The written notice of "immediate termination" which was served on plaintiff-respondent was stated to be "under Section 163.100 Revised Statutes of 1949." That section specifically provides "[t]he board shall have no power to dismiss a teacher; but should the teacher's certificate be revoked, said contract is thereby annulled." It is not contended that plaintiff's certificate had been revoked. The courts have "inflexibly enforced" the rule of such statute prohibiting dismissal by the board. It has no implied authority to dismiss for any reason. Lemasters v. Willman, Mo.App., 281 S.W.2d 580; Magenheim v. Board of Ed. of School Dist. of Riverview Gardens, Mo.App., 347 S.W.2d 409. True, the statute does permit the board to withhold the pay of a teacher if such teacher fails or refuses to comply with the terms of the contract or execute the rules and regulations of the board, until compliance is rendered, but this withholding of pay is permitted only after due notice in writing. See Wood v. Consolidated School Dist. No. 13, Mo.App., 7 S.W.2d 1018. The action of the board of directors did not purport to be a withholding of pay pending compliance with the rules. As a matter of fact, it is the opposite. The action was a termination of the contract and payment for the balance of the year's salary.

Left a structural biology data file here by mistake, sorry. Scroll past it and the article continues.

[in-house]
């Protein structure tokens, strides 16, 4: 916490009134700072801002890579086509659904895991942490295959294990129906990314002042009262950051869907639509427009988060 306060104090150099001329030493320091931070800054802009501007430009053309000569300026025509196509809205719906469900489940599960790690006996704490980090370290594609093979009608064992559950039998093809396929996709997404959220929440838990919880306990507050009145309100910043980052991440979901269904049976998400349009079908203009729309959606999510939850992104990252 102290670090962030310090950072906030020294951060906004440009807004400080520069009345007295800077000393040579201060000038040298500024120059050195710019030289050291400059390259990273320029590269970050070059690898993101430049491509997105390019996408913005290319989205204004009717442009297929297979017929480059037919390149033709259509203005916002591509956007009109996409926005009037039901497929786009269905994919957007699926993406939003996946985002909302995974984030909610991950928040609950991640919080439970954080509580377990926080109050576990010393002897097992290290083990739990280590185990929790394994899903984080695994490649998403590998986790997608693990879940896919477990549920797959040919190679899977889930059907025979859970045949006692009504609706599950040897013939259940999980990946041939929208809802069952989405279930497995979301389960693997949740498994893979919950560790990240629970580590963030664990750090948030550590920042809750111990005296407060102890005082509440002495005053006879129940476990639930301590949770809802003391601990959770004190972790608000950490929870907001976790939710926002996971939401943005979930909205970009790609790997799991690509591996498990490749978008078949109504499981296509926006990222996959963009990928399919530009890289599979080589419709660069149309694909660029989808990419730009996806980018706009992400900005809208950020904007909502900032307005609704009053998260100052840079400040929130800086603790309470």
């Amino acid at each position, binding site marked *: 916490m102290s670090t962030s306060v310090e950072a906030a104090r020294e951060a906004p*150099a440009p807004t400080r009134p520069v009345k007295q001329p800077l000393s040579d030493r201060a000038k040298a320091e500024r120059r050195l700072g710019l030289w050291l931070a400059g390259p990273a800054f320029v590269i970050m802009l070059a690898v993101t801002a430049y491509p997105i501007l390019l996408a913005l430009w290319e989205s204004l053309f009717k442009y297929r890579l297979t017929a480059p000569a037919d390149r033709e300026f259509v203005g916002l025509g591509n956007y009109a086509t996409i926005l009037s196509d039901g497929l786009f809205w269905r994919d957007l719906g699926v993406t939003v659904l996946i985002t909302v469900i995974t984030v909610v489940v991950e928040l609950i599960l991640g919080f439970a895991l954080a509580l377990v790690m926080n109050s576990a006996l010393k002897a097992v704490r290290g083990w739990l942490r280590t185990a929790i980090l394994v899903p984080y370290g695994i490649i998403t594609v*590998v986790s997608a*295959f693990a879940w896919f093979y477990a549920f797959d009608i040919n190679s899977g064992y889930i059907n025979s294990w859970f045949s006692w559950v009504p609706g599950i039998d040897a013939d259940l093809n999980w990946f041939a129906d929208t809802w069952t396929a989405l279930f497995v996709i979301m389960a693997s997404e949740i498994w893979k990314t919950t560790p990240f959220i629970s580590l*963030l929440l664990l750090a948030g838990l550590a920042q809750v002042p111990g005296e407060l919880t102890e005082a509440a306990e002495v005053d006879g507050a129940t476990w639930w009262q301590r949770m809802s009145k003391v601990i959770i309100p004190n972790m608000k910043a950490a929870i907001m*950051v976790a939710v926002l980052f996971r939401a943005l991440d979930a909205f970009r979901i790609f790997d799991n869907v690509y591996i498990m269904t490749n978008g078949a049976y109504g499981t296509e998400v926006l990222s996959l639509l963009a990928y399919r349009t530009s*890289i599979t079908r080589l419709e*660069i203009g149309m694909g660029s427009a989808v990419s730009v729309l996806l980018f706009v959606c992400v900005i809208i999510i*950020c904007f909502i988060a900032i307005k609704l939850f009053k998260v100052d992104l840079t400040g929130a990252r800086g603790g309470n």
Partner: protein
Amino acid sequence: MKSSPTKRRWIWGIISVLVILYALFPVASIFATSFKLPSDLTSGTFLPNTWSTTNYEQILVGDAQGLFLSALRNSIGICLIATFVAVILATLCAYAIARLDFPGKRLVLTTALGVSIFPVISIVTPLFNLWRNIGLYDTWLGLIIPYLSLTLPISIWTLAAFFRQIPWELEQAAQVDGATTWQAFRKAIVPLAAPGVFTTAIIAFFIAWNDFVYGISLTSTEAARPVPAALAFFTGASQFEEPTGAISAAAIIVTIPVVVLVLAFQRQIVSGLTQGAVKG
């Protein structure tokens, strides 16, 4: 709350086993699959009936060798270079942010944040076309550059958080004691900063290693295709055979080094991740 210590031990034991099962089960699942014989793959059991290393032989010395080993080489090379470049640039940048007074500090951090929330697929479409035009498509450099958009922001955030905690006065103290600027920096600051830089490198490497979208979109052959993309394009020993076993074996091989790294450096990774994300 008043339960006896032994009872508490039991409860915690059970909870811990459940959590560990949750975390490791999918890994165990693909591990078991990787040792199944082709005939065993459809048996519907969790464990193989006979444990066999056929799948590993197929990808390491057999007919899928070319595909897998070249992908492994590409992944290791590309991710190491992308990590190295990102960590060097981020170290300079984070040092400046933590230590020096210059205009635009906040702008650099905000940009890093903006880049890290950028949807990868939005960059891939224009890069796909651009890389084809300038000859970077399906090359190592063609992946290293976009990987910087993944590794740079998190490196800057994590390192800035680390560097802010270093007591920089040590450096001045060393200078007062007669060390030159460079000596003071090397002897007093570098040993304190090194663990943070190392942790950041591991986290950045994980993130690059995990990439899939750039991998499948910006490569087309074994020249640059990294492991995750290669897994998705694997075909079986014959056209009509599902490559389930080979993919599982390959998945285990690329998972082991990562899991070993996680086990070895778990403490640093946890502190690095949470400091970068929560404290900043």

The action by someone in making the payment of this sum conditioned upon a release of other claims was apparently without authorization of the board. The order of the board was to pay, not to pay upon condition. Nor was the plaintiff given any "due notice" as provided by the statute. The fact that its reasons for termination were entered on the minutes was not the notice contemplated by the statute. Neither were the items thereon specified sufficiently definite and specific to apprise a person of all the specific things she was doing or failing to do in order that she might intelligently comply. We believe the action of the board was a recognition that plaintiff had a valid contract and that defendant school system owed her the salary specified. Armstrong v. School District, 19 Mo.App. 462,464.